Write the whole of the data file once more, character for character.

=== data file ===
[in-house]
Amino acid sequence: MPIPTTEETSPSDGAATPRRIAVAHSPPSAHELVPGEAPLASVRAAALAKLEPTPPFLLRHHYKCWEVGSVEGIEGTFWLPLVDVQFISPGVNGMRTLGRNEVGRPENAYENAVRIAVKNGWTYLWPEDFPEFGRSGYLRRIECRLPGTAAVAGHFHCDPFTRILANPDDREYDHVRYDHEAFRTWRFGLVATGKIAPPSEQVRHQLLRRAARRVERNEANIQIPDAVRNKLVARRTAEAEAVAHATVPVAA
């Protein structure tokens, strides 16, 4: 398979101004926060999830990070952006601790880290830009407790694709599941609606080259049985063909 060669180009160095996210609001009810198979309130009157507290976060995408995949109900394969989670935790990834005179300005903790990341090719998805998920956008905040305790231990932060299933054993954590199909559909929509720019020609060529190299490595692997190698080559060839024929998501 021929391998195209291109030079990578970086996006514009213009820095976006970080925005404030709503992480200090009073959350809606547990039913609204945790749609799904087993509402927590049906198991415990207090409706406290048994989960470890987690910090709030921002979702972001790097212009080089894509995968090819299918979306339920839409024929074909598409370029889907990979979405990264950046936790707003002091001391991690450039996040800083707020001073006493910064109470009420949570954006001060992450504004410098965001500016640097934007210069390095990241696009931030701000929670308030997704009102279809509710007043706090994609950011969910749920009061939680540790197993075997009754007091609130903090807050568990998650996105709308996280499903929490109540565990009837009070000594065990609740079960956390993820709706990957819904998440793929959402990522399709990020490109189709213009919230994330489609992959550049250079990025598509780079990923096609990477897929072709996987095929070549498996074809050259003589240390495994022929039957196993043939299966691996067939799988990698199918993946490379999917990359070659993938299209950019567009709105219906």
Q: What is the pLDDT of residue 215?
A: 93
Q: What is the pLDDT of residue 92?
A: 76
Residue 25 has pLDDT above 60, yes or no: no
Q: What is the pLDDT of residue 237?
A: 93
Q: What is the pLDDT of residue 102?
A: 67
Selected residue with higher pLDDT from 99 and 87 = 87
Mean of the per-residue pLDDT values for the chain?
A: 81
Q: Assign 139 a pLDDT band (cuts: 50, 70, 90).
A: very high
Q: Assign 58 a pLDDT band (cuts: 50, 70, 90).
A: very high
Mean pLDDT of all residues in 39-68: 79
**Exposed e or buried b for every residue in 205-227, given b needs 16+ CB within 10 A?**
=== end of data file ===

[in-house]
Amino acid sequence: MPIPTTEETSPSDGAATPRRIAVAHSPPSAHELVPGEAPLASVRAAALAKLEPTPPFLLRHHYKCWEVGSVEGIEGTFWLPLVDVQFISPGVNGMRTLGRNEVGRPENAYENAVRIAVKNGWTYLWPEDFPEFGRSGYLRRIECRLPGTAAVAGHFHCDPFTRILANPDDREYDHVRYDHEAFRTWRFGLVATGKIAPPSEQVRHQLLRRAARRVERNEANIQIPDAVRNKLVARRTAEAEAVAHATVPVAA
């Protein structure tokens, strides 16, 4: 398979101004926060999830990070952006601790880290830009407790694709599941609606080259049985063909 060669180009160095996210609001009810198979309130009157507290976060995408995949109900394969989670935790990834005179300005903790990341090719998805998920956008905040305790231990932060299933054993954590199909559909929509720019020609060529190299490595692997190698080559060839024929998501 021929391998195209291109030079990578970086996006514009213009820095976006970080925005404030709503992480200090009073959350809606547990039913609204945790749609799904087993509402927590049906198991415990207090409706406290048994989960470890987690910090709030921002979702972001790097212009080089894509995968090819299918979306339920839409024929074909598409370029889907990979979405990264950046936790707003002091001391991690450039996040800083707020001073006493910064109470009420949570954006001060992450504004410098965001500016640097934007210069390095990241696009931030701000929670308030997704009102279809509710007043706090994609950011969910749920009061939680540790197993075997009754007091609130903090807050568990998650996105709308996280499903929490109540565990009837009070000594065990609740079960956390993820709706990957819904998440793929959402990522399709990020490109189709213009919230994330489609992959550049250079990025598509780079990923096609990477897929072709996987095929070549498996074809050259003589240390495994022929039957196993043939299966691996067939799988990698199918993946490379999917990359070659993938299209950019567009709105219906």
Q: What is the pLDDT of residue 215?
A: 93
Q: What is the pLDDT of residue 92?
A: 76
Residue 25 has pLDDT above 60, yes or no: no
Q: What is the pLDDT of residue 237?
A: 93
Q: What is the pLDDT of residue 102?
A: 67
Selected residue with higher pLDDT from 99 and 87 = 87
Mean of the per-residue pLDDT values for the chain?
A: 81
Q: Assign 139 a pLDDT band (cuts: 50, 70, 90).
A: very high
Q: Assign 58 a pLDDT band (cuts: 50, 70, 90).
A: very high
Mean pLDDT of all residues in 39-68: 79
**Exposed e or buried b for every residue in 205-227, given b needs 16+ CB within 10 A?**